Understanding and dealing with pet Grief
There comes a time in every owner’s life where a hard decision will need to be made. Pets, unfortunately, aren’t built to last as long as us and, towards the end of their lives, they’ll depend on us to make that hard choice. However, if you have another pet how are they going to react? Will they miss their bigger, perhaps older sibling?
Pets, as we’re sure you’re aware, can become very attached to one another and having a pet survive the loss of their best friend (when you’re not there) can be difficult for them to do. As a pet parent, it’s important to understand and know the signs of grief in pets, understand where it comes from and understand that these losses take time to heal. As such, there are signs to look for:
- Withdrawal from people and other pets
- A lack of appetite
- Lethargic behaviour and sleeping more than usual
- Unusually aggressive or destructive behaviours
- Inappropriate urinating within the home
- Calling out or vocalizing in an unusual way for the pet who has passed
- Searching the home and other places frequented by the other pet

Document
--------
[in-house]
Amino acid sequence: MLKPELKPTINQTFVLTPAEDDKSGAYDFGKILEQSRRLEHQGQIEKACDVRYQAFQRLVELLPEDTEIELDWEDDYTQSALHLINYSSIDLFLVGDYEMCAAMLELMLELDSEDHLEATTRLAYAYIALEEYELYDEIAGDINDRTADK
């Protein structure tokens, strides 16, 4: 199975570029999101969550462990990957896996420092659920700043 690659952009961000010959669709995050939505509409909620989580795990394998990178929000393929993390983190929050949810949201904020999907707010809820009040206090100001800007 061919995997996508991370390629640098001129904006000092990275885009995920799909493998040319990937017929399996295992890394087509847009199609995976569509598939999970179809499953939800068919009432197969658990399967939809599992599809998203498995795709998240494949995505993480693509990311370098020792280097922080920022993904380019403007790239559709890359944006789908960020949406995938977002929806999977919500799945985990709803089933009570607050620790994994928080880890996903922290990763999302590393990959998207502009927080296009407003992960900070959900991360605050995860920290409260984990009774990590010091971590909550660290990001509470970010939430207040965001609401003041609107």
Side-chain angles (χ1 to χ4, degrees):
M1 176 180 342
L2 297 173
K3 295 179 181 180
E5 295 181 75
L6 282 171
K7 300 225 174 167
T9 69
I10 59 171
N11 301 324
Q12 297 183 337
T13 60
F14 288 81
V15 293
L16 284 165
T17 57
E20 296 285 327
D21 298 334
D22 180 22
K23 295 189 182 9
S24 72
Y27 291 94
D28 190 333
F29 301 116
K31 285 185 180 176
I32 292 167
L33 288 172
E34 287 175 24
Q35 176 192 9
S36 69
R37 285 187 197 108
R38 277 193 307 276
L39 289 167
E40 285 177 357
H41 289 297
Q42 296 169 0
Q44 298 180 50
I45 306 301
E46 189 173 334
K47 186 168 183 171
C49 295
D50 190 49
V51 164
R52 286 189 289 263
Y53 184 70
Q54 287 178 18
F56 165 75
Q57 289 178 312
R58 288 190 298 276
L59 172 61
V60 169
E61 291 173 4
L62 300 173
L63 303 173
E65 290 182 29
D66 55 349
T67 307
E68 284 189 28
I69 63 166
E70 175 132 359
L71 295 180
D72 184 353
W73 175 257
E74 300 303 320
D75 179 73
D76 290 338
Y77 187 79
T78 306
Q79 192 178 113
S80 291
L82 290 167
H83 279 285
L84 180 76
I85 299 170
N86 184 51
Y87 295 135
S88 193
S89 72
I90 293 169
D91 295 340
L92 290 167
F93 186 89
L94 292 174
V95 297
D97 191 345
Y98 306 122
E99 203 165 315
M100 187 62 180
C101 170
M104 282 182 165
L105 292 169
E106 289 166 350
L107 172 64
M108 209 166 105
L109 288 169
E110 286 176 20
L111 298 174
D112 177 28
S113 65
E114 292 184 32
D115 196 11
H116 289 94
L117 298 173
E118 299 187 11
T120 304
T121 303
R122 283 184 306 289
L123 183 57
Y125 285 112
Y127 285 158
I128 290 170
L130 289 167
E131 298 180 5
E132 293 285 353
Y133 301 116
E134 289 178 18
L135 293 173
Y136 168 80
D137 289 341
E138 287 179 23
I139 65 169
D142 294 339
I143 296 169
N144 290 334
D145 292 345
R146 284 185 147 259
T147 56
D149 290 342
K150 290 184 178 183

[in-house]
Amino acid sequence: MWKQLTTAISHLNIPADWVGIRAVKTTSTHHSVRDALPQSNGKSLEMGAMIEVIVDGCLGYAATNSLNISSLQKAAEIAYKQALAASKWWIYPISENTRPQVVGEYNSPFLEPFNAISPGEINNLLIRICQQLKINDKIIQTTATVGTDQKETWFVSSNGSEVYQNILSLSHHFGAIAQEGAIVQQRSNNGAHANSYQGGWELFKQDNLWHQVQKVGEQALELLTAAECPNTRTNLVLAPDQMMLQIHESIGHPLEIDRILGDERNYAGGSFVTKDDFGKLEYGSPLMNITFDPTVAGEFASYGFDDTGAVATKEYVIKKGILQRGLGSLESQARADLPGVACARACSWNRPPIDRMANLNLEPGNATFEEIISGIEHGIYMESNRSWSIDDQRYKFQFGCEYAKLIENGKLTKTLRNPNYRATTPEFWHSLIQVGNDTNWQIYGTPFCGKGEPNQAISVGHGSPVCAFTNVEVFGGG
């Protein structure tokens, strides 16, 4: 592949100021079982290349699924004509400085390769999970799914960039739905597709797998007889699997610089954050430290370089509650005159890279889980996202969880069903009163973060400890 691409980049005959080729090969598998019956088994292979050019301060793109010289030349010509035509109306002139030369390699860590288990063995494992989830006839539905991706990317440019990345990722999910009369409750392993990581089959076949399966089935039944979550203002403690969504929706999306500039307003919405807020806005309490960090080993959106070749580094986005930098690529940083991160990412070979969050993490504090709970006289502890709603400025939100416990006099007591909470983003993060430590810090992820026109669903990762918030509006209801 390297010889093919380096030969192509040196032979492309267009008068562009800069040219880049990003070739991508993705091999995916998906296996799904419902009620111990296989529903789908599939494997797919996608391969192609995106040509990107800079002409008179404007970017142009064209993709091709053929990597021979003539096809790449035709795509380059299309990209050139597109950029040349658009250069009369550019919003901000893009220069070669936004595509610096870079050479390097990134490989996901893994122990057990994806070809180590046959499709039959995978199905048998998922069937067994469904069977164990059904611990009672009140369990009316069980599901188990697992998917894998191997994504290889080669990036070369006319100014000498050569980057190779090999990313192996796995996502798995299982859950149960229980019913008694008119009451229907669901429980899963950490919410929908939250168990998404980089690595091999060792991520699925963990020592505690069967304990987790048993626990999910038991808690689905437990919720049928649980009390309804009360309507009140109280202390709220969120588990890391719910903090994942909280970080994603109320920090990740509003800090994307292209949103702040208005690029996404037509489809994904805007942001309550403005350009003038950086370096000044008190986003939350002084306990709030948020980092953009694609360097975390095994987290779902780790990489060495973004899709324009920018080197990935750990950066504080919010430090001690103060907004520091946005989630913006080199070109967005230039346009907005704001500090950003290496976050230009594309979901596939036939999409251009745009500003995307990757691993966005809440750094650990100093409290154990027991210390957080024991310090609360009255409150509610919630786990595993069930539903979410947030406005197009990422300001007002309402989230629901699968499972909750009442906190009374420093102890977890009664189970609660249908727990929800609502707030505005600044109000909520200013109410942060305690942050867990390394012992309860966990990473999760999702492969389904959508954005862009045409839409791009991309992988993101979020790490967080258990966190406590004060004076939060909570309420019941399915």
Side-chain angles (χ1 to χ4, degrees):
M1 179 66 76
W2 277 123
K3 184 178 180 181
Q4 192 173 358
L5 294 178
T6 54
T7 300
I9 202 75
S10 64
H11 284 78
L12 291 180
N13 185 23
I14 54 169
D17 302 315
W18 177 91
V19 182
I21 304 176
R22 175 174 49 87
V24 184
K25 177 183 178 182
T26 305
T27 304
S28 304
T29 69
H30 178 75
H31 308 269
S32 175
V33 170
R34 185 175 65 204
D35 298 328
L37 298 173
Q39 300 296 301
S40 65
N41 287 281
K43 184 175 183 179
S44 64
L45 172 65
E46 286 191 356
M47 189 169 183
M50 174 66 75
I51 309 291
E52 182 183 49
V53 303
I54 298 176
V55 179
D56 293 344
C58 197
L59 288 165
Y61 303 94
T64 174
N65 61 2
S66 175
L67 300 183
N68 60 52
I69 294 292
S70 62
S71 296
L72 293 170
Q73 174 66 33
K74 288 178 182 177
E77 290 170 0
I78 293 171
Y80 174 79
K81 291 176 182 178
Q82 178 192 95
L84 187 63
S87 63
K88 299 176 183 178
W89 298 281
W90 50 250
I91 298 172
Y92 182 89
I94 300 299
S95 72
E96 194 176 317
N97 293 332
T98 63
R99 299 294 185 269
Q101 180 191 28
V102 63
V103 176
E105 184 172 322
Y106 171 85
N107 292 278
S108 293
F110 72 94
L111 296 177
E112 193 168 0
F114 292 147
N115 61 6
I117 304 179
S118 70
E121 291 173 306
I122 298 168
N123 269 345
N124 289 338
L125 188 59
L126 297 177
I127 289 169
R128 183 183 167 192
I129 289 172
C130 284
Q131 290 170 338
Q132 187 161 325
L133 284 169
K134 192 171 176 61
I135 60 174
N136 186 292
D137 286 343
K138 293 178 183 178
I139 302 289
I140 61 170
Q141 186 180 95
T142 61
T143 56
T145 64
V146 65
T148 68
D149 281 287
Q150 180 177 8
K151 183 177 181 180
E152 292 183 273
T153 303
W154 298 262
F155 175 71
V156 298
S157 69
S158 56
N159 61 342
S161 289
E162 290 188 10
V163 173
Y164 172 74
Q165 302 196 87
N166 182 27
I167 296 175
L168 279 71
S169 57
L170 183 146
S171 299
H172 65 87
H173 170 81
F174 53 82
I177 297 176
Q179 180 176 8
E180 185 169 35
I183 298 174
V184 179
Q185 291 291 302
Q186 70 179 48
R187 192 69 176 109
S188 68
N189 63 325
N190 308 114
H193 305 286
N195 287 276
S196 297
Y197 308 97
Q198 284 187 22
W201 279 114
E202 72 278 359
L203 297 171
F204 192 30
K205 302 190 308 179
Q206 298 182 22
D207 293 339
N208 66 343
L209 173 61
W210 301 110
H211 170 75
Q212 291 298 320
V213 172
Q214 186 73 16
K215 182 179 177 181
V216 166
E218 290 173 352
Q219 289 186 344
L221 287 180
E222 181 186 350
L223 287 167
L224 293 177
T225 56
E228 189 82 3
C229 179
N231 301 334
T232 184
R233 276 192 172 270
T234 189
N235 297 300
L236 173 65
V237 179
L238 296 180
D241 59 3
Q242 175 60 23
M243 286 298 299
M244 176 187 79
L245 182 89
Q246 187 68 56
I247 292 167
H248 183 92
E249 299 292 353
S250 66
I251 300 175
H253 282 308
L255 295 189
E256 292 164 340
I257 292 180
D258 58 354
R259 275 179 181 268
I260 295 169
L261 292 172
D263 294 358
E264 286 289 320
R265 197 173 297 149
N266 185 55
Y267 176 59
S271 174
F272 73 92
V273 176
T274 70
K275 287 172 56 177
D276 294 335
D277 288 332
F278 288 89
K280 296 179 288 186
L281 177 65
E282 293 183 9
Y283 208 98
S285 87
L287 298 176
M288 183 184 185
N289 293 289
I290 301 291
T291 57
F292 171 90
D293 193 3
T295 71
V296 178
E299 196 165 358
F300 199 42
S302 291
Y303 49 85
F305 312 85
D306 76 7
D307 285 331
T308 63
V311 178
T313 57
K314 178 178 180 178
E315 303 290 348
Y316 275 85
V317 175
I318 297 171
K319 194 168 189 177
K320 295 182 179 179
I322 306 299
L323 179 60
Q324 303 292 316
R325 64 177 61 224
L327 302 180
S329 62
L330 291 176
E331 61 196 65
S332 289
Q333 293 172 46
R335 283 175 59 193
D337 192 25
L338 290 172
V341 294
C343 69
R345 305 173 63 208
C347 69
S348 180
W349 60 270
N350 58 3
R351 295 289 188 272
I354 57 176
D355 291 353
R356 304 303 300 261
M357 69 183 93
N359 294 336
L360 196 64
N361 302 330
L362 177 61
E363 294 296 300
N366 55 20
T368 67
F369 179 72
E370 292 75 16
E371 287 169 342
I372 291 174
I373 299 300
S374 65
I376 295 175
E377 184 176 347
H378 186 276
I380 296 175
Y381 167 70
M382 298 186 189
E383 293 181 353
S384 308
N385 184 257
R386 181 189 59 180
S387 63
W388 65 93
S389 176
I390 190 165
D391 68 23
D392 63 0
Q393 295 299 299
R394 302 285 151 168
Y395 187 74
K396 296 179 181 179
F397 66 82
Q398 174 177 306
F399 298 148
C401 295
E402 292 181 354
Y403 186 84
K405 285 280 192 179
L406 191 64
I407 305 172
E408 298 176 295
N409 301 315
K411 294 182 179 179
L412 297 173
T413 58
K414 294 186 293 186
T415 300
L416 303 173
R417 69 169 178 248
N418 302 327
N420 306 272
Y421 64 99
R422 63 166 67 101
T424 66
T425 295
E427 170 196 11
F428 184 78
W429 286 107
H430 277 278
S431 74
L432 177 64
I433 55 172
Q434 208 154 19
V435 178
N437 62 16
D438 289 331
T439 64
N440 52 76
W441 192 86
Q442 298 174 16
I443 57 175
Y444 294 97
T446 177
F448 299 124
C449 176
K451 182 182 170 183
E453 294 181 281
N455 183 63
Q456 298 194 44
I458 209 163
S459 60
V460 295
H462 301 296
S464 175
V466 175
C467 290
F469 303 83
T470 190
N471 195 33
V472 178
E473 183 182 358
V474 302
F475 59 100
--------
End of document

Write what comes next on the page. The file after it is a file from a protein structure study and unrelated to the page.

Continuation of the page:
- Becoming very clingy and following you around
For any pet parent who has a pet dealing with the loss of a friend, it is vital that they are given time to process the ordeal. It is completely normal and healthy for them to express grief in a variety of ways and it is up to you, as a pet parent, to know your pet, reassure them and comfort them. Helping your pet to properly grieve is, unfortunately, a necessary evil.
Euthanising a pet is hard. It takes courage but also a lot of love for your pet, to be able to put them before yourself and your other pets and how much you want them to still be a part of their lives. However, a symbolic gesture such as burial or cremation can help all involved put a full-stop under this period of grief and give closure to the whole affair. This symbolic gesture can be anything that you want it to be; perhaps you’d like them to be cremated and for their ashes to be scattered, or maybe for them to be buried with their favourite toy. The time you and your pets have spent together will always stay with you.
Getting through the loss of a pet is a herculean task, but friends and family are always there for us; as crutches to help us walk, as casts to help us heal. If you’re going through the loss of a beloved pet, it’s vital that you speak to your friends and family – having a favourite Aunt, Uncle or Cousin on standby can make the world of difference on lonely nights and an even bigger difference to your grieving pet. Afterall, in times of hardship, company is a good thing to be in.
If you require any advice on the services we offer or how to deal with grief and loss for all ages, click here.